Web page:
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Jane Goodall's breakthrough research on chimpanzees will be accessible worldwide thanks to the work of U faculty.
Goodall research more accessible
Private gifts spur digitization of Jane Goodalls' research; software provides better access to data
From M, summer 2007
Nearly five decades of research material collected by famed primatologist Jane Goodall reside at the University--and access to the scientific treasure recently got a lot easier.
U ecologist Anne Pusey and computer scientists Shashi Shekhar and Jaideep Srivastava have developed a way to efficiently search the digitized archive of handwritten field notes, audio recordings, and some 600 hours of video footage from Gombe National Park in Tanzania. Private gifts have helped to start the digitization project, but more will be needed to complete it.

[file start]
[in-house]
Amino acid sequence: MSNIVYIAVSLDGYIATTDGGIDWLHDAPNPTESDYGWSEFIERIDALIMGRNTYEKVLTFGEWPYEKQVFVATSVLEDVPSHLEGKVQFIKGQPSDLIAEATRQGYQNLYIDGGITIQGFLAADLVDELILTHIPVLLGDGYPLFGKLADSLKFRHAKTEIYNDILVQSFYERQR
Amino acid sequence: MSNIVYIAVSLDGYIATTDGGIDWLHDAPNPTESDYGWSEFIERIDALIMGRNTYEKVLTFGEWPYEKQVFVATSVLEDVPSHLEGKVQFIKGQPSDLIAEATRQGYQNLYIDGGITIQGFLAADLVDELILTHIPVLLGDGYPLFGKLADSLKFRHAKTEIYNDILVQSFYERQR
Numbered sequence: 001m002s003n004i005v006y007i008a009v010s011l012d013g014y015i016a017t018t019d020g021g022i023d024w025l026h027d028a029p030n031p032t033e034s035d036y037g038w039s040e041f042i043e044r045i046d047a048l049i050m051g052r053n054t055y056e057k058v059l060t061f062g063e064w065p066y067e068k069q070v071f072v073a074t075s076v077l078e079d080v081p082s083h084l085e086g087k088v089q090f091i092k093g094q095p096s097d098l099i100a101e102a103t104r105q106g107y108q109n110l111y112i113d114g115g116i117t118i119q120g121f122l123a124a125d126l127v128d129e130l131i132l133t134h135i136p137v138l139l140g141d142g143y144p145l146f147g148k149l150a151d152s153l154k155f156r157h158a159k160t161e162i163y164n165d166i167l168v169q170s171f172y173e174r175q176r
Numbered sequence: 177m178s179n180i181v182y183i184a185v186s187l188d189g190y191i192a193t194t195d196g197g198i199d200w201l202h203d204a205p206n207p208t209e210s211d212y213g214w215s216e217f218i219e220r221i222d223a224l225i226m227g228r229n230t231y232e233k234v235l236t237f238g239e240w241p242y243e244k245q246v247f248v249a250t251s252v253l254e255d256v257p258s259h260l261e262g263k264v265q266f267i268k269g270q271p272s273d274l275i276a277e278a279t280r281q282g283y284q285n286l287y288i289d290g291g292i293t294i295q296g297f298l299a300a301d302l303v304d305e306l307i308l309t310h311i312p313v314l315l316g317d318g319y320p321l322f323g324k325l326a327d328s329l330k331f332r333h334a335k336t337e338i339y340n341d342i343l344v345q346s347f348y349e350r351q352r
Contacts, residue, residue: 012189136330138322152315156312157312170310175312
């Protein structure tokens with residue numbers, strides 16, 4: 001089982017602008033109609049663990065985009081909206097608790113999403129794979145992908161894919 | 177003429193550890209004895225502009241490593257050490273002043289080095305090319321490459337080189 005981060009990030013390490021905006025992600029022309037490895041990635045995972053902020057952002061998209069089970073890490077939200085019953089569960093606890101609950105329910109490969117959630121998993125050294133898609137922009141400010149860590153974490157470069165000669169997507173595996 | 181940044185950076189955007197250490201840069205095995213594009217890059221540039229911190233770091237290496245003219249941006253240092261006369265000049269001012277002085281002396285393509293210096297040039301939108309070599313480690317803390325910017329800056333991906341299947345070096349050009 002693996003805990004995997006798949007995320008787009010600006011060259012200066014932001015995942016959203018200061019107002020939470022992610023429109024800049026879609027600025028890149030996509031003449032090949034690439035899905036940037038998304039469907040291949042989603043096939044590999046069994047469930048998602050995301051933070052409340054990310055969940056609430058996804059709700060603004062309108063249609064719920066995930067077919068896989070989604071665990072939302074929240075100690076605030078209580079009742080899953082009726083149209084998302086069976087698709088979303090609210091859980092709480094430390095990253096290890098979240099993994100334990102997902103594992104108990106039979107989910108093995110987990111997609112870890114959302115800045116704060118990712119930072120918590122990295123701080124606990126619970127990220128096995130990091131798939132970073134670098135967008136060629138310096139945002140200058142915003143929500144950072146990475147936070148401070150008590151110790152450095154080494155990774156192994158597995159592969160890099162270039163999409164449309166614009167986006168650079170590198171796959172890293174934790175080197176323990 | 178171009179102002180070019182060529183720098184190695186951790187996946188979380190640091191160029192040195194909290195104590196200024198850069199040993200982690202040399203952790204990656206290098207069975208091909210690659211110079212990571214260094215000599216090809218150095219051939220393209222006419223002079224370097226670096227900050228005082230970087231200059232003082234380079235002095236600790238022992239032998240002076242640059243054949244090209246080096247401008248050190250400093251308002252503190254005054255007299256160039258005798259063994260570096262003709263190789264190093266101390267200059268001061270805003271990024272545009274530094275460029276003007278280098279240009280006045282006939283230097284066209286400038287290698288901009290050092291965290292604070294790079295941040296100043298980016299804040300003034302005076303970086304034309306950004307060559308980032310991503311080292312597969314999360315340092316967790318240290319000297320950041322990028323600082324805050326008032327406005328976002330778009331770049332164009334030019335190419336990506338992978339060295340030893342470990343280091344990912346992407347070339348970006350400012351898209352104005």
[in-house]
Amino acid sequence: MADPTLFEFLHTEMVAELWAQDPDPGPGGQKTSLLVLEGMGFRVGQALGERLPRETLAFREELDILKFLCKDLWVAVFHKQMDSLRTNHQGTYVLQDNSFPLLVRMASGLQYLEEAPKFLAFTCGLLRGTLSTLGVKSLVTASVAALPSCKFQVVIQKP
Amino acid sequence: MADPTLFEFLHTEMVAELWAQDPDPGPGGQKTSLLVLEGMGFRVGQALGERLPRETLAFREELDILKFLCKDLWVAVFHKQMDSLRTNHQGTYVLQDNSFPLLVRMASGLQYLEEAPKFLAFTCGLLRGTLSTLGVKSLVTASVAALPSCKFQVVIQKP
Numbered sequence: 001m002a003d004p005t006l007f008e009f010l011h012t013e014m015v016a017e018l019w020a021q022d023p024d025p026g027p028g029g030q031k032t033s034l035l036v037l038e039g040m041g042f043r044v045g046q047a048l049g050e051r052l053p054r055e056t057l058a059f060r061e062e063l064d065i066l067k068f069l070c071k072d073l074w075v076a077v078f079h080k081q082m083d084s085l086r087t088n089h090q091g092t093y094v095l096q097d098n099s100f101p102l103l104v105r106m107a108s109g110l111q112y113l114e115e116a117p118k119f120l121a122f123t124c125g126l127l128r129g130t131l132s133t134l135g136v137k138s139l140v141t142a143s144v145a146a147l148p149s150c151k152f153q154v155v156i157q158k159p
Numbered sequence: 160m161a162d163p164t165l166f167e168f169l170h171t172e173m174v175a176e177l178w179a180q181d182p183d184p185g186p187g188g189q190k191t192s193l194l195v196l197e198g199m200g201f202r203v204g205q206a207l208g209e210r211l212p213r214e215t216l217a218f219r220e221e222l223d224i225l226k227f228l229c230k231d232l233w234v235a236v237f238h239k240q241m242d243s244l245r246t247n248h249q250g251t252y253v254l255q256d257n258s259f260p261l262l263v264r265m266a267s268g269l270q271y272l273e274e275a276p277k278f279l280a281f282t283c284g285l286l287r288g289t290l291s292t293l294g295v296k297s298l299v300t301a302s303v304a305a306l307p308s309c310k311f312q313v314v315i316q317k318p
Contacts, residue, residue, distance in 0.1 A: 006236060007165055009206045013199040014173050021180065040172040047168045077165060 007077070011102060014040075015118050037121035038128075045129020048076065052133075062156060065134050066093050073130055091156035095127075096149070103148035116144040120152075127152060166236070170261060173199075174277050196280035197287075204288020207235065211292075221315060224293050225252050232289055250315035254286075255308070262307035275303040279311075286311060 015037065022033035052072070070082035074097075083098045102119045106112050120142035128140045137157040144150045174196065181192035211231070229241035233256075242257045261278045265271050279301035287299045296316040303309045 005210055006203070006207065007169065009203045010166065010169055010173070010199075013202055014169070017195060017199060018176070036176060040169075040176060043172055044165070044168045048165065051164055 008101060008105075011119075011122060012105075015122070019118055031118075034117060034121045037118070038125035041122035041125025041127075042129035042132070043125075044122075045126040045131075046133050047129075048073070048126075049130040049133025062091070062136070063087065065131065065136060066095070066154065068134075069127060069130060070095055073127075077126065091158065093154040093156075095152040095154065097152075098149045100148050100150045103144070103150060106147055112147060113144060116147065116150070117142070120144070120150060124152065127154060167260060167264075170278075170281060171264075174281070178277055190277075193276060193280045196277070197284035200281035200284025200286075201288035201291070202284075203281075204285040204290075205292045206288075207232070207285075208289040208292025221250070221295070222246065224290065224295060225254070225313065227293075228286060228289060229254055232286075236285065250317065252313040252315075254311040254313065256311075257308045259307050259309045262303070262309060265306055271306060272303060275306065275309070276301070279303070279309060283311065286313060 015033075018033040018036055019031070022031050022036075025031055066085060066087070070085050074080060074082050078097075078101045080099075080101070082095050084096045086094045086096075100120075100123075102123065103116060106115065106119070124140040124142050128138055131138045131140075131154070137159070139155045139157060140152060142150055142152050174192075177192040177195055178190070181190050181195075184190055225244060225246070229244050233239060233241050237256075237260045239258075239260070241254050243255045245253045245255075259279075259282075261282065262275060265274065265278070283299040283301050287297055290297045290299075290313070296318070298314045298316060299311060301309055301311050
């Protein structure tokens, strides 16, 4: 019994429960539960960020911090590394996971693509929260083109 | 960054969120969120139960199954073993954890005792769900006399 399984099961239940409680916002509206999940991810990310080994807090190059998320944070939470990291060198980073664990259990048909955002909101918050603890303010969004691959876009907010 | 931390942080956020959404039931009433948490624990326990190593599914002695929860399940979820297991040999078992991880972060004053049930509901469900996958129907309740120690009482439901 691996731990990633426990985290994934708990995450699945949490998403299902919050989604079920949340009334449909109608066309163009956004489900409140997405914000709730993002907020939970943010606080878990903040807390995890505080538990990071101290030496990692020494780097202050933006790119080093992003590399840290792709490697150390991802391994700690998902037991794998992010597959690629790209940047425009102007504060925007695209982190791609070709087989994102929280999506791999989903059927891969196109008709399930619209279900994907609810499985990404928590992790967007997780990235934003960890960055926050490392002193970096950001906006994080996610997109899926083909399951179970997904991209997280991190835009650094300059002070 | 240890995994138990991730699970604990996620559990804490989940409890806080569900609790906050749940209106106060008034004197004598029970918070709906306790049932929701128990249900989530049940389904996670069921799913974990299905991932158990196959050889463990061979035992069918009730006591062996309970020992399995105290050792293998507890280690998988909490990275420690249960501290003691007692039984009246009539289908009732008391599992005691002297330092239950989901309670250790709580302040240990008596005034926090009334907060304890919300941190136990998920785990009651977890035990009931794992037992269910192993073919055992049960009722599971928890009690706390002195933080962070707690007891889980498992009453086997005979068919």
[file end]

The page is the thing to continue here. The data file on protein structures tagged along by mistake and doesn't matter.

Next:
On a campus visit to test out the new software, which in part uses concept definition tags (for example, "aggression") to return search results, Goodall called the technology "extraordinary." She added, "Years and years of blood and toil, crawling through the forest, being scratched by thorns, having my hair caught have amazingly been amalgamated and will be useful to students all over the world."
Goodall hopes the new data analysis system will lead to more comprehensive and expedient studies of chimp behavior and attract researchers from diverse disciplines who "will ask new questions that maybe we wouldn't think of asking."